What you do from the time you get to the curb at the Edmonton International Airport until you’re finally boarded is quickly changing thanks to artificial intelligence. A forum Monday heard a whole new vision in aviation reality that will come from digital staff in a virtual lounge.
That’s how Ed Sims of WestJet sees it. Supplemental information on top of what you now get from uniformed staff will be available in pop-up virtual lounges that will emerge in busy times at the airport, and will disappear when things aren’t so rushed.
Sims is in Edmonton to share his vision, and get some ideas from the artificial intelligence experts at the University of Alberta.
“We are developing that concept, the intelligence that sits behind that concept,” Sims told reporters.
He talked about the group’s commitment to use Edmonton as the starting off point, following a lunch-hour forum at Rogers Place.
“It’s not something we’re ready to roll out today but we have made a commitment as part of our relationship with the mayor and with Edmonton Airport that we want to joint co-create that with our good friends in Edmonton.”
The folks behind the customer counter won’t be able to tell you about a parking spot in the airport parkade that emerged in the last 10 minutes but the touchscreen concierge will, Sims said.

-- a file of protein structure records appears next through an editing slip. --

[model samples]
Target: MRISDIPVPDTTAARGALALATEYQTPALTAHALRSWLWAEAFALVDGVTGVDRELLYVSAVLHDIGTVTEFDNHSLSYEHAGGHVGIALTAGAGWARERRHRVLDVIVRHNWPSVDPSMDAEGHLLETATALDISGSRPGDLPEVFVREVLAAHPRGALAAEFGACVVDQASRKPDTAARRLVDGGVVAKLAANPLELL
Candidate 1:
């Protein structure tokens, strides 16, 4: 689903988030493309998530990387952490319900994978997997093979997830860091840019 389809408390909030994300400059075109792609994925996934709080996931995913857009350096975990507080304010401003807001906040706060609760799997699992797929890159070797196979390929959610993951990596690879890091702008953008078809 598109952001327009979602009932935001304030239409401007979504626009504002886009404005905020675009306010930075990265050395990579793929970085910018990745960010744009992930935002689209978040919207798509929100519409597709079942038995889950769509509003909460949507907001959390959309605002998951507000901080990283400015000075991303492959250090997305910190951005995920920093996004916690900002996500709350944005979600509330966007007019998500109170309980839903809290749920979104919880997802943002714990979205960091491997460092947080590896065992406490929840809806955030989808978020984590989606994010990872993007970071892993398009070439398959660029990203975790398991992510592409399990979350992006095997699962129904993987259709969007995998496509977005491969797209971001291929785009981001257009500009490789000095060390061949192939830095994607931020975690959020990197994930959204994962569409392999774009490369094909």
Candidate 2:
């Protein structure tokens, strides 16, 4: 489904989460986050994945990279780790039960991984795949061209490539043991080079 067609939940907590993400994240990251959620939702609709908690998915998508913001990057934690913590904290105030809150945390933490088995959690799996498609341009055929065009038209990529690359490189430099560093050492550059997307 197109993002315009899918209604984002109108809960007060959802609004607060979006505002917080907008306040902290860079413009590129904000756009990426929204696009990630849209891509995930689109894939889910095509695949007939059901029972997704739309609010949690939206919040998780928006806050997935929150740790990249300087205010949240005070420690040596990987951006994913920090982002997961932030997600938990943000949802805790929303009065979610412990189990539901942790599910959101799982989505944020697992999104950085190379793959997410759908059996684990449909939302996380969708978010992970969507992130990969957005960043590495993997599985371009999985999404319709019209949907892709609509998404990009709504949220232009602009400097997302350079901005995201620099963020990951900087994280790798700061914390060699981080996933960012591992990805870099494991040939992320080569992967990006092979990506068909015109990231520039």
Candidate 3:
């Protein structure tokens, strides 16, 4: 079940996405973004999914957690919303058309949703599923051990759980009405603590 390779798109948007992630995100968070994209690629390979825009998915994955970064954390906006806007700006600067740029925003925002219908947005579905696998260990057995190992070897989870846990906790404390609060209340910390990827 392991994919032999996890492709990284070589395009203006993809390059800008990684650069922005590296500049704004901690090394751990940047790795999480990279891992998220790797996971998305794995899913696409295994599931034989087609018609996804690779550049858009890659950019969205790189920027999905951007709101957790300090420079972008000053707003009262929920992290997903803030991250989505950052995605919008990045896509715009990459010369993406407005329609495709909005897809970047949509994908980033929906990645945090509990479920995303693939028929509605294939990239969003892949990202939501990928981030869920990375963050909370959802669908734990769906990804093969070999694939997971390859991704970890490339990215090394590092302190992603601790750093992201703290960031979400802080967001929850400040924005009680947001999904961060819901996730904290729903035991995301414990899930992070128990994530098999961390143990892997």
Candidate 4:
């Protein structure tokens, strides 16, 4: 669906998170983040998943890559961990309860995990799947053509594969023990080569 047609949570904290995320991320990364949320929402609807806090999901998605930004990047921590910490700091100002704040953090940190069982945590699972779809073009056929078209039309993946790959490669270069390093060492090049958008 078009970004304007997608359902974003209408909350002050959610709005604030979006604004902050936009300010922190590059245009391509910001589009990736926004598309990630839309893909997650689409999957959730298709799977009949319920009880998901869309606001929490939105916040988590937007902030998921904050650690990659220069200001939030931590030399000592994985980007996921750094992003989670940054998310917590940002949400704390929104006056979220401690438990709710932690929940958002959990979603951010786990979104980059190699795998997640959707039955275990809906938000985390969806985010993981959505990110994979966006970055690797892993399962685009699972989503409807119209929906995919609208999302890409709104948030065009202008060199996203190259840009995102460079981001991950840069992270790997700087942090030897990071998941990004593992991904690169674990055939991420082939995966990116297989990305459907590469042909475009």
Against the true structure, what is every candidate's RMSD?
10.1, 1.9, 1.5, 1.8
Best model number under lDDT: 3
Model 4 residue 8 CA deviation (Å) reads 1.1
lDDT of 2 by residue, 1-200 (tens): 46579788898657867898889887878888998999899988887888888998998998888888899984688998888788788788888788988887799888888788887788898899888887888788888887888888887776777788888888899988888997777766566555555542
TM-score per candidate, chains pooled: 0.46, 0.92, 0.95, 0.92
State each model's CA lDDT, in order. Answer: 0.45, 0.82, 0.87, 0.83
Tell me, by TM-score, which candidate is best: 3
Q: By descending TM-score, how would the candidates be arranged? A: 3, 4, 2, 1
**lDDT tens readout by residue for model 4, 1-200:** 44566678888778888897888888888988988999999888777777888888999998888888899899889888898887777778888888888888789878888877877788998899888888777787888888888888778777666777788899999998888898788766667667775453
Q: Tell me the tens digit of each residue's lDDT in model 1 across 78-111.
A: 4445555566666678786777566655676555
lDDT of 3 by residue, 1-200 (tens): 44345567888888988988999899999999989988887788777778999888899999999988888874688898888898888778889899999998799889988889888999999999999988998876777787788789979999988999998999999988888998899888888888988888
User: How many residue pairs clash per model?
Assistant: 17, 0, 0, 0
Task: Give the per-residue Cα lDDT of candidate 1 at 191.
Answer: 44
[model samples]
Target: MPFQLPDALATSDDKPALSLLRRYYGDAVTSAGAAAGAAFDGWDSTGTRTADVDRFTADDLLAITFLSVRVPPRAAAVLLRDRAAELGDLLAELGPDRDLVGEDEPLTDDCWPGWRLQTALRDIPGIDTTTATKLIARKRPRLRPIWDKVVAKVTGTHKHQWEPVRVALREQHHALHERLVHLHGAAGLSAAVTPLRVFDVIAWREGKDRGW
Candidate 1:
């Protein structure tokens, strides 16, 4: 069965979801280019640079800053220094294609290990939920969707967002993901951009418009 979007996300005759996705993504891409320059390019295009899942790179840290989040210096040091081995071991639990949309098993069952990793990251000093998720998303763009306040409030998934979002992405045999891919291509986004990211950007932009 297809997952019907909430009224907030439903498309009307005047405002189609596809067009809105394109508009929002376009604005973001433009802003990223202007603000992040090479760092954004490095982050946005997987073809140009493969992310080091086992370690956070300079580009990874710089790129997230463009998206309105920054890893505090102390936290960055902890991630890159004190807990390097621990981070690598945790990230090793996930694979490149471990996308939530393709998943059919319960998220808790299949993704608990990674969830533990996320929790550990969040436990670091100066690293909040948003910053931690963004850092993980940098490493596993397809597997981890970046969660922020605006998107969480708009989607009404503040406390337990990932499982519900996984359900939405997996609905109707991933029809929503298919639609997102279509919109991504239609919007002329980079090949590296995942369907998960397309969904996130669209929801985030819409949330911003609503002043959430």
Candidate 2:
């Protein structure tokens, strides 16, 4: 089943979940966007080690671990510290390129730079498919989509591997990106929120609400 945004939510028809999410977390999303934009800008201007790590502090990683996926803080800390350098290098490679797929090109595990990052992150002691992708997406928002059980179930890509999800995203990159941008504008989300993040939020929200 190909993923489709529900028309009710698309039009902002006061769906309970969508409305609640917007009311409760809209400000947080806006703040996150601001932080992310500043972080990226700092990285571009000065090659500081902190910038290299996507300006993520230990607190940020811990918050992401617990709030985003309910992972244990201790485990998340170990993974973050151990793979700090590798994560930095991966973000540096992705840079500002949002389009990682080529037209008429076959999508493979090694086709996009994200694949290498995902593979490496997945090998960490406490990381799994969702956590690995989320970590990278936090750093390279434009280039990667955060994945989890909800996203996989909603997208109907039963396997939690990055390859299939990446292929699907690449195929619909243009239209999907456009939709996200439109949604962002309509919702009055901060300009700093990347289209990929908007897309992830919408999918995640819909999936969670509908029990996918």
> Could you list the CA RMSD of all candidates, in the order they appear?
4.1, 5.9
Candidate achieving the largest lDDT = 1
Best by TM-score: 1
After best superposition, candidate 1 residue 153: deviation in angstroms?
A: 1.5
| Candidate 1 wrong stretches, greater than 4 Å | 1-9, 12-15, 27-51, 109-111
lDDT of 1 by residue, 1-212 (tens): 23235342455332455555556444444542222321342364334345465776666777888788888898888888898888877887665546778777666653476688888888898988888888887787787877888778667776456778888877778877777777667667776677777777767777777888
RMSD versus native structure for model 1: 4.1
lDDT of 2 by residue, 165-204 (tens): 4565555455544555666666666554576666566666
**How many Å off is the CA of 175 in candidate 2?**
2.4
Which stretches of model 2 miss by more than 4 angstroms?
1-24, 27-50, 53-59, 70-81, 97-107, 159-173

WestJet wants to compare ideas from artificial intelligence experts here with other centres in Canada.
“We really want to work with people on two criteria. One — that they’ve got the intelligence to develop product that hasn’t been seen in the aviation world before and two — they’ve got the same sense of commercial urgency that drives speed to market that allows us to roll out a concept within months of describing the concept rather than years.”
Airport CEO Tom Ruth said the digital strategy is being expanded, and will roll out over time. But passengers will begin to notice changes within the year.
“For people to know how long a security line is, where they can buy things… Over time, we just want to make sure that we’re putting a lot of information in the hands of customers so their airport experience can be that much more enjoyable.”
He envisions a bag drop in several locations in the departure terminal, not unlike what happens at the Jet Set parking, where you can hand over your bags there, well before you take a shuttle after parking your car.
Ruth said they’ve already made progress at customs.
“When you’re coming in from anywhere in the world now, you don’t have to fill out your customs forms. That happened about a month ago. We’re one of four airports in Canada where you can come and literally I can put my information here on my cell phone, and when I go through Edmonton customs I can put this (phone) with its bar code and I’ve pretty much got everything done. We’re going to more and more of those things.”
Sims expects more phone use in other ways.
Within three years, he anticipates the paper boarding pass will be a thing of the past. Ninety per cent of travellers in Australia are that way now, but only 45-50 per cent of Canadians.
“There’s a sense the app might not be as physical and as tangible as paper boarding pass, but we need to remove that dependency on that piece of paper.”
“People thought the removal of paper ticketing would take 10 years, and it was essentially within three.”
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Author: || World Economic Forum